Fast-forward a couple of years, and you’ll meet “healthy Emily”, a self-proclaimed expert on all things health and fitness. More like an expert on all things orthorexic. Steeped deep in a disorder that was my normal at the time, I went through more exercise phases than I can count: hot yoga, long-distance running, weight lifting, HIIT workouts… you name it, I probably did it. And that deeply rooted love of dance? Still there, but unfortunately twisted up in the disorder as well. While high school dance truly was my safe haven from the craziness going on inside my brain, it transformed from an innocent passion into just another arena where my eating disorder could ridicule me. I was never good enough, never thin enough, never talented enough.

And so I shrank.

As my eating disorder continued to take its toll on my mind and body, I grew even further away from my intuition around exercise. Carefree little Emily who loved to play outside was gone, and her replacement was a girl who made endless workout plans, lived for OrangeTheory Fitness, and thought it was totally cool and normal to start training for a half marathon after nearly collapsing from malnutrition a few weeks prior.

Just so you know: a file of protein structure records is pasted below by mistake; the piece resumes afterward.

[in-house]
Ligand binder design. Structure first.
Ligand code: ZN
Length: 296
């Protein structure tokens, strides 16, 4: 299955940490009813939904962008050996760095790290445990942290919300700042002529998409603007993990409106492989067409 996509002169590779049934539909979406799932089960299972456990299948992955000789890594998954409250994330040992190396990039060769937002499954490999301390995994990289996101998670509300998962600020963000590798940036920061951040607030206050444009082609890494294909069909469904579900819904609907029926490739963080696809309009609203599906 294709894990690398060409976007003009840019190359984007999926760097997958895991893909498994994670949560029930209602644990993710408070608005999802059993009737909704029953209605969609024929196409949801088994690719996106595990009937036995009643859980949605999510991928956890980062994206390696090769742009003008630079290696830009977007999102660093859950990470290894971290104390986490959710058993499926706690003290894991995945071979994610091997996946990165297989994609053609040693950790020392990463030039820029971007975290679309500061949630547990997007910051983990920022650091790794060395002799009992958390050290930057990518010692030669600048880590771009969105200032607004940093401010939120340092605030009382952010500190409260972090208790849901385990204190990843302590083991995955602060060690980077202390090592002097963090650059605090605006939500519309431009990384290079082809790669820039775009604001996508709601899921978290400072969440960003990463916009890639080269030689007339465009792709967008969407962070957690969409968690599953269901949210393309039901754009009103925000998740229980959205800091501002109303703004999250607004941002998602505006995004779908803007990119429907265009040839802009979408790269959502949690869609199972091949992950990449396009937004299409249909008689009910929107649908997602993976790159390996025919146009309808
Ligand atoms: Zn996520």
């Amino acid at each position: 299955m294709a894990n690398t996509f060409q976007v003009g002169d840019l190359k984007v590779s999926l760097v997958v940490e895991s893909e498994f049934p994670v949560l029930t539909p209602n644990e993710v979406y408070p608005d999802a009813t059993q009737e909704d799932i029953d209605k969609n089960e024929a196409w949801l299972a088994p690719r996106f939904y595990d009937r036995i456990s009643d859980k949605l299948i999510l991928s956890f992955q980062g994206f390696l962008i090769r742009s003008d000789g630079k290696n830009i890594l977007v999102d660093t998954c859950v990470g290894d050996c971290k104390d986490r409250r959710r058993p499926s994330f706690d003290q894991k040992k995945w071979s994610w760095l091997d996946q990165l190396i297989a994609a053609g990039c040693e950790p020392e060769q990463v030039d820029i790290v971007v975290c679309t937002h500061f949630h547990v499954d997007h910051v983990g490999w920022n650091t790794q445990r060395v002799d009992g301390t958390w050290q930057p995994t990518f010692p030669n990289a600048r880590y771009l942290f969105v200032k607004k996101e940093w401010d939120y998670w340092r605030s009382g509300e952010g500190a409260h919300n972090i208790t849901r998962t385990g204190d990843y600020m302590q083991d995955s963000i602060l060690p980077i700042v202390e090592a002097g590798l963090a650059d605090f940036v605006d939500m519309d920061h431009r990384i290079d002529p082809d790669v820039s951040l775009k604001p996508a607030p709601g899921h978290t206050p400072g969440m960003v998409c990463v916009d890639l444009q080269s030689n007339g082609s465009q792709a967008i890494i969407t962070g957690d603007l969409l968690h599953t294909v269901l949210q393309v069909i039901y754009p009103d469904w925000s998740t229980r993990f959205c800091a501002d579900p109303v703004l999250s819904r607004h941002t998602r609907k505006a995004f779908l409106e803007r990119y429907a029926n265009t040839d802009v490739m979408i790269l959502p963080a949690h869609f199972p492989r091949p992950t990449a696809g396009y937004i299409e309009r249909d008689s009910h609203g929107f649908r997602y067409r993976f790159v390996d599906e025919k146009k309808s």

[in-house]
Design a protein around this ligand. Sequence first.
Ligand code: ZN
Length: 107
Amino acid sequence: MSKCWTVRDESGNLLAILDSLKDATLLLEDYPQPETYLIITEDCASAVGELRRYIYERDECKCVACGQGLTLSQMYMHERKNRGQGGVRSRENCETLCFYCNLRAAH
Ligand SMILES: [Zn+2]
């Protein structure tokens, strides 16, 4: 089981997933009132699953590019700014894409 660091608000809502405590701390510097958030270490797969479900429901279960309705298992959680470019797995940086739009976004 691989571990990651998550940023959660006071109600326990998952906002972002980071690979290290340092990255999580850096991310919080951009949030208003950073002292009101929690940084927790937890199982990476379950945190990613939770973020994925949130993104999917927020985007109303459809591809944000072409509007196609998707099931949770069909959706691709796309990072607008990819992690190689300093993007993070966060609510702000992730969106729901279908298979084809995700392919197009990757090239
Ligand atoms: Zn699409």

The disordered exercise saga continued, and it wasn’t until the summer after my freshman year of college that I learned just how much damage my supposed “healthy lifestyle” had done. My heart had lost significant muscle mass and was beating slowly to conserve energy; I had osteopenia from lack of circulating estrogen (turns out that body fat we’re taught to hate exists for a reason…). This medical wake-up call was enough to scare me into agreeing to stop my rigid exercise routine, but as soon as I was weight restored for the first time, I jumped right back into those intense workouts. And the medical consequences–along with an extremely anxious, compulsive need to exercise–re-emerged. Funny how that happens when you don’t listen to your treatment team…

After months of this quasi-recovery thing I was doing, last April, my doctor told me that I had to give up exercise cold-turkey if I wanted to get better. And so I did. Seriously. I don’t know what enabled me to do that other than the sheer grace of God, but I think I was so fed up with how exercise was controlling my life (and despite my eating disorder’s hatred of all things treatment, I happen to trust my doctor a lot).